Good way to break down a sheet of plywood (from today's Woodsmith Tips)

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Forum topic by Jonathan posted 08-19-2011 04:44 PM 4059 views 1 time favorited 7 replies Add to Favorites Watch
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2608 posts in 3014 days

08-19-2011 04:44 PM

Topic tags/keywords: tip trick circular saw saw horse sawhorse saw horses sawhorses modified sawhorses

Use a couple of easily modified sawhorses.

I haven’t tried this, but I’m sure some of you out there have. If you’ve done this, what are your thoughts on this method?

-- Jonathan, Denver, CO "Constructive criticism is welcome and valued as it gives me new perspectives and helps me to advance as a woodworker."

7 replies so far

View Murdock's profile


128 posts in 2448 days

#1 posted 08-19-2011 04:51 PM

I have only used that technique a few times. It looked like a really good idea at first but I personally find holding the circular saw up in the air like that difficult to balance.

The main thing is that your saw horses are stable, the first time I tried it they slid around way to much. I put some rubbery material on the legs and it got much better.

I personally use some nice straight boards sitting on the floor of my shop, it is ‘flat enough’ to get the rough cuts out of the way.

-- "Anyone who has never made a mistake has never tried anything new." - Albert Einstein

View jusfine's profile


2422 posts in 2890 days

#2 posted 08-19-2011 04:51 PM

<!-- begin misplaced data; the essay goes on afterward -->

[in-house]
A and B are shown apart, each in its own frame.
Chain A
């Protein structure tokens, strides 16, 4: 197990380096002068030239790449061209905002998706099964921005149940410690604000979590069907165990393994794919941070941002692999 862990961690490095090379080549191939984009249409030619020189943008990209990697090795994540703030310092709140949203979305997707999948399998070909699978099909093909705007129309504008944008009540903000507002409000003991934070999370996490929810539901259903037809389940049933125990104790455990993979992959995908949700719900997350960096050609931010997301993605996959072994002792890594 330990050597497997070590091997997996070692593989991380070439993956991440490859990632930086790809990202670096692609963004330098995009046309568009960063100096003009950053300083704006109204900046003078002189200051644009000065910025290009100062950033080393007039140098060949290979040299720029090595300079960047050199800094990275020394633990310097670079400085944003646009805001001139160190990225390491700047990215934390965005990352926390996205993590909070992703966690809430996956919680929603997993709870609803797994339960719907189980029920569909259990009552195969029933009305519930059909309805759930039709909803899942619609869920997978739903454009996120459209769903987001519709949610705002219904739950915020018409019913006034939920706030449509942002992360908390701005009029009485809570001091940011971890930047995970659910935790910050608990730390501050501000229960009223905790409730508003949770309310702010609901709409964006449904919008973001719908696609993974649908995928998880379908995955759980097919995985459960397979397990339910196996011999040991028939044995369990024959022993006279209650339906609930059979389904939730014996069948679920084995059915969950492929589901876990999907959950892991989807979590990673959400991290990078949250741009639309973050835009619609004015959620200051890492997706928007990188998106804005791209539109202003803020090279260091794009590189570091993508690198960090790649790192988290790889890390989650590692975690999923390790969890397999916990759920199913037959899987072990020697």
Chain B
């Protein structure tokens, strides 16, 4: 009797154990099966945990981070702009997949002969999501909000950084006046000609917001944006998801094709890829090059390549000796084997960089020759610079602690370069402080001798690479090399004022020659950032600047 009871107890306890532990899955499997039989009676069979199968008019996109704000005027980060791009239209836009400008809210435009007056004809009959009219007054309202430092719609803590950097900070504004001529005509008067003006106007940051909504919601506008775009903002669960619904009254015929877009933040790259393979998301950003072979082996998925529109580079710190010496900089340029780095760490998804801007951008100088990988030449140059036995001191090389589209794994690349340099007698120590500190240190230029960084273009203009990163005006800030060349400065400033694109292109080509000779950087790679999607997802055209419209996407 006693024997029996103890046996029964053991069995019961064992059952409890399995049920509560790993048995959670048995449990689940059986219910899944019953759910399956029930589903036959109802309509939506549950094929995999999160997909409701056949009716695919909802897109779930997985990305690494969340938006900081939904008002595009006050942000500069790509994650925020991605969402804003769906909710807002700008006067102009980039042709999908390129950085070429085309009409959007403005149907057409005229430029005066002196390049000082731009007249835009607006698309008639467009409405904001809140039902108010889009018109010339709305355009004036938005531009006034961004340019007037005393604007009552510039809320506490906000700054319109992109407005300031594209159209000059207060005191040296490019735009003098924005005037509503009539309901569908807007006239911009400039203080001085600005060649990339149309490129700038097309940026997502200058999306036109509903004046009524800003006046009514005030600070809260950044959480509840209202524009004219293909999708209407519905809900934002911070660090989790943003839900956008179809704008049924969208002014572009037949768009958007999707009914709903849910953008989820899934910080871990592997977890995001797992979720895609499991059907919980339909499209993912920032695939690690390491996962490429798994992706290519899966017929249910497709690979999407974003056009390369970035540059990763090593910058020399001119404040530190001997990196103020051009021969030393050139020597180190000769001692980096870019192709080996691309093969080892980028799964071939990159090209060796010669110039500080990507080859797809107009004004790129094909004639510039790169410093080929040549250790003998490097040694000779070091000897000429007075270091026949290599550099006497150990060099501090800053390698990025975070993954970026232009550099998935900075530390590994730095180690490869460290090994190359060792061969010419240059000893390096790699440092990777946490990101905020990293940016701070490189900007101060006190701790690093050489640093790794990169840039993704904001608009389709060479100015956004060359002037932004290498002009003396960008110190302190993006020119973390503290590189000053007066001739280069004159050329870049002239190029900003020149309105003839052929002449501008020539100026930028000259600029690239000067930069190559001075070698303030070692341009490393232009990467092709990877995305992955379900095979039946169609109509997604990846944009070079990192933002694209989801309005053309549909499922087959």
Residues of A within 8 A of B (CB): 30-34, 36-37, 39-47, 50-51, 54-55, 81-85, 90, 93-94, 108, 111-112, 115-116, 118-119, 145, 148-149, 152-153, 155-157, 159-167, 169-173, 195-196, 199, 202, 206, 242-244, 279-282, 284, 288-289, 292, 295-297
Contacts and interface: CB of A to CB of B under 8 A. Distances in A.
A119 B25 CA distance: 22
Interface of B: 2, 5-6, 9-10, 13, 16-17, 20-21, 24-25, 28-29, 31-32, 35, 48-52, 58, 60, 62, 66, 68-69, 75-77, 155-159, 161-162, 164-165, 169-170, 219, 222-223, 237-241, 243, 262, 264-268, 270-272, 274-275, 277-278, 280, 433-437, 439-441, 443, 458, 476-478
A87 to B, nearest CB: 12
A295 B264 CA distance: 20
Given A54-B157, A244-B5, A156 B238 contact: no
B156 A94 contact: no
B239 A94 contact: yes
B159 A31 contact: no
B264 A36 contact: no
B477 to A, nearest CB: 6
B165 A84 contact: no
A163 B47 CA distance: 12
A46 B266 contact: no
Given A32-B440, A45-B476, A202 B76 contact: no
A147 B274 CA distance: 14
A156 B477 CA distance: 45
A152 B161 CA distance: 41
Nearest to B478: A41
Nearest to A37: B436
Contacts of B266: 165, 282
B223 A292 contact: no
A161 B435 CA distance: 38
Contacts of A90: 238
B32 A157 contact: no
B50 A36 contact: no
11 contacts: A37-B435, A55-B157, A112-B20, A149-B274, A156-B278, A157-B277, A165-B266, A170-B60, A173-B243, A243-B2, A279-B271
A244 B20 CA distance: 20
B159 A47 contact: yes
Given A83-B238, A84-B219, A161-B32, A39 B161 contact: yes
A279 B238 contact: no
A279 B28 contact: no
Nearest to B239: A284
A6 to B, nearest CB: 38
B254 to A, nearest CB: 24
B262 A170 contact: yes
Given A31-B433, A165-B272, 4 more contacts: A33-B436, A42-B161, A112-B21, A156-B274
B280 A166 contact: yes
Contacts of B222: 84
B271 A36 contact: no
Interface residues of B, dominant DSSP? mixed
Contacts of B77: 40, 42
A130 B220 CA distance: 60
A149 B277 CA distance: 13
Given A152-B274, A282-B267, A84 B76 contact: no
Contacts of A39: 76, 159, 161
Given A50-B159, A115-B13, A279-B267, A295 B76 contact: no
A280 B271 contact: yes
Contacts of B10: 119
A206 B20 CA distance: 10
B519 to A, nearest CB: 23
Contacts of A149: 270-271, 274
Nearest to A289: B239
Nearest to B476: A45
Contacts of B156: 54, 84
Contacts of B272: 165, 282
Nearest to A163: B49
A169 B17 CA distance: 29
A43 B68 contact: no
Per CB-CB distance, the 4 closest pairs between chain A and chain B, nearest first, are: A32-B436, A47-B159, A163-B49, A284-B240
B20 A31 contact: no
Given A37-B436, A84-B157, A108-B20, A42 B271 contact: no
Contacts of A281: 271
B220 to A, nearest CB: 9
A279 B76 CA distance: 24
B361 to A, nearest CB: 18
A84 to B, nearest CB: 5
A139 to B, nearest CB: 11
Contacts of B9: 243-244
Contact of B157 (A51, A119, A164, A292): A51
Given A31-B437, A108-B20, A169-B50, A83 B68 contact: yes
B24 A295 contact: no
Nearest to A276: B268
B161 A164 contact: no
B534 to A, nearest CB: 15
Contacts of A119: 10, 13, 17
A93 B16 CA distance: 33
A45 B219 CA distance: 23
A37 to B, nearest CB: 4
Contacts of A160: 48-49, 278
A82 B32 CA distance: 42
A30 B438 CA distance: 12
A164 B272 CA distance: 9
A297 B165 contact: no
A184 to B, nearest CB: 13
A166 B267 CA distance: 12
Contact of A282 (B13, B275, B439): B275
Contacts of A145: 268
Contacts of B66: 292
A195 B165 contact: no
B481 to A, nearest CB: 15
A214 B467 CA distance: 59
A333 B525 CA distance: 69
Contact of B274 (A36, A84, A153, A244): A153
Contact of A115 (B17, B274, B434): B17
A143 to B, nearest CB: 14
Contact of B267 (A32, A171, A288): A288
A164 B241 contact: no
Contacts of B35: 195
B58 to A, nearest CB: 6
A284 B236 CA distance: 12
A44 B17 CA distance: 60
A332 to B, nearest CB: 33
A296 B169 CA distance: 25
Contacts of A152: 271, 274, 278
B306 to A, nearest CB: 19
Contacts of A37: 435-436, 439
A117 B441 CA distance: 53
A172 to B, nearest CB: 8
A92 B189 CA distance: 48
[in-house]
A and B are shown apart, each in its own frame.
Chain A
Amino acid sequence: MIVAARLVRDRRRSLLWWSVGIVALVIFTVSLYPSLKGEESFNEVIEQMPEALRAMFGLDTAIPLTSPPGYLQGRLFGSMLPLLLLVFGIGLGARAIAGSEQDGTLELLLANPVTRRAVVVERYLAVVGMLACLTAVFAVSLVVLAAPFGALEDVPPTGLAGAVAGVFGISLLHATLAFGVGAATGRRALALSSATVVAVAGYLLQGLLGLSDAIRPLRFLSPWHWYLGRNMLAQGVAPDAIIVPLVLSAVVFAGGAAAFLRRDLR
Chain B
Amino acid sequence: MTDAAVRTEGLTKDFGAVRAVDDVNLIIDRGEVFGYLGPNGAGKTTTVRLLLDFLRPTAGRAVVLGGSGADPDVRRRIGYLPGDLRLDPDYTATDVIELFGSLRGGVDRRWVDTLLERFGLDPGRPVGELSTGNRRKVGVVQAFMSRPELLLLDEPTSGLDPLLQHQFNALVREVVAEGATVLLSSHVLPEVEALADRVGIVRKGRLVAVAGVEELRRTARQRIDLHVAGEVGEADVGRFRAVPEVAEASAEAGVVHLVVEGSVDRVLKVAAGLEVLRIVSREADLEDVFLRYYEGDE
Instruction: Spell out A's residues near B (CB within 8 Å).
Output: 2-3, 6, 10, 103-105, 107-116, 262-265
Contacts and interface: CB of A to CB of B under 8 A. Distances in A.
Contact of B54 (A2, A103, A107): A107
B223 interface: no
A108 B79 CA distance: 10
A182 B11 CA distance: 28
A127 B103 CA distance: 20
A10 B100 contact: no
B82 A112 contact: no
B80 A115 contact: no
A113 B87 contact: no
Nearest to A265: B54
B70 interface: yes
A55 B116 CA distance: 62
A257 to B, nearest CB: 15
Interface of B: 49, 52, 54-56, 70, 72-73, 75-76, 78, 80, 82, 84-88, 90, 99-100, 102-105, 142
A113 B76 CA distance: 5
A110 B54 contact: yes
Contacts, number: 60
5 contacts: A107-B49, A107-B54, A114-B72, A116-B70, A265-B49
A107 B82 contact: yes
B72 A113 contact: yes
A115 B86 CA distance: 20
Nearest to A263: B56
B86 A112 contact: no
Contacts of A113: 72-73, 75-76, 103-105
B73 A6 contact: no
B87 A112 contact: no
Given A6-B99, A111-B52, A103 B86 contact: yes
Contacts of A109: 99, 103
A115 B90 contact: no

That would work fine if it was half a sheet.

I would think it would be slightly dangerous as you stand on your ladder with your circular saw trying to reach and cut the last 6” of a full sheet waving in the air… :)

-- Randy "You are judged as much by the questions you ask as the answers you give..."

View shipwright's profile


7965 posts in 2762 days

#3 posted 08-19-2011 06:25 PM

I prefer to use the table saw if I can . This is my “modified sawhorse”. It is table saw height, easily storable and can be used either behind or beside the table saw to support a full sheet. It makes the whole operation so much easier.

-- Paul M ..............If God wanted us to have fiberglass boats he would have given us fibreglass trees.

View Jonathan's profile


2608 posts in 3014 days

#4 posted 08-19-2011 07:10 PM

Thanks for the info. so far guys. This idea vaguely, and I mean, vaguely, reminded me of a temporary panel saw, only the wood isn’t overly secure, and the saw isn’t on a track. Just the look seemed a little similar, but certainly doesn’t seem as safe or accurate as an actual panel saw.

I was just curious about this because when I first saw it, it seemed like it would be a bit unstable and awkward. I’ve cut a sheet in-half before resting on 4-sawhorses, but it’s very hard to reach all the way across. Next time, I’ll probably put the sheet down on the garage floor on top of some scrap, or use a sheet of foam insulation.

Once it’s cut in-half, I can then use my tablesaw. However, I can’t get a full sheet of plywood down my basement stairs of our old house, so I have to at least cut it in-half before using the tablesaw.

-- Jonathan, Denver, CO "Constructive criticism is welcome and valued as it gives me new perspectives and helps me to advance as a woodworker."

View degoose's profile


7228 posts in 3319 days

#5 posted 08-19-2011 10:43 PM

Breaking down sheet goods is not that hard on a Torque Workcentre… change from rip to cross cut in about 3 seconds and do all the cuts without moving the sheet…

-- Don't drink and use power tools @

View jack1's profile


2102 posts in 3991 days

#6 posted 08-20-2011 12:11 AM

That looks really nice but at my age, I like my way best. ;0)


-- jack -- ...measure once, curse twice!

View pvwoodcrafts's profile


243 posts in 3886 days

#7 posted 08-20-2011 03:47 AM

I just lay it on my work table with wood strips ,underneath to support it , and give my circular saw clearance , and cut. Built kitchens for 20 years getting my plywood into table saw sizes that way

-- mike & judy western md. www.

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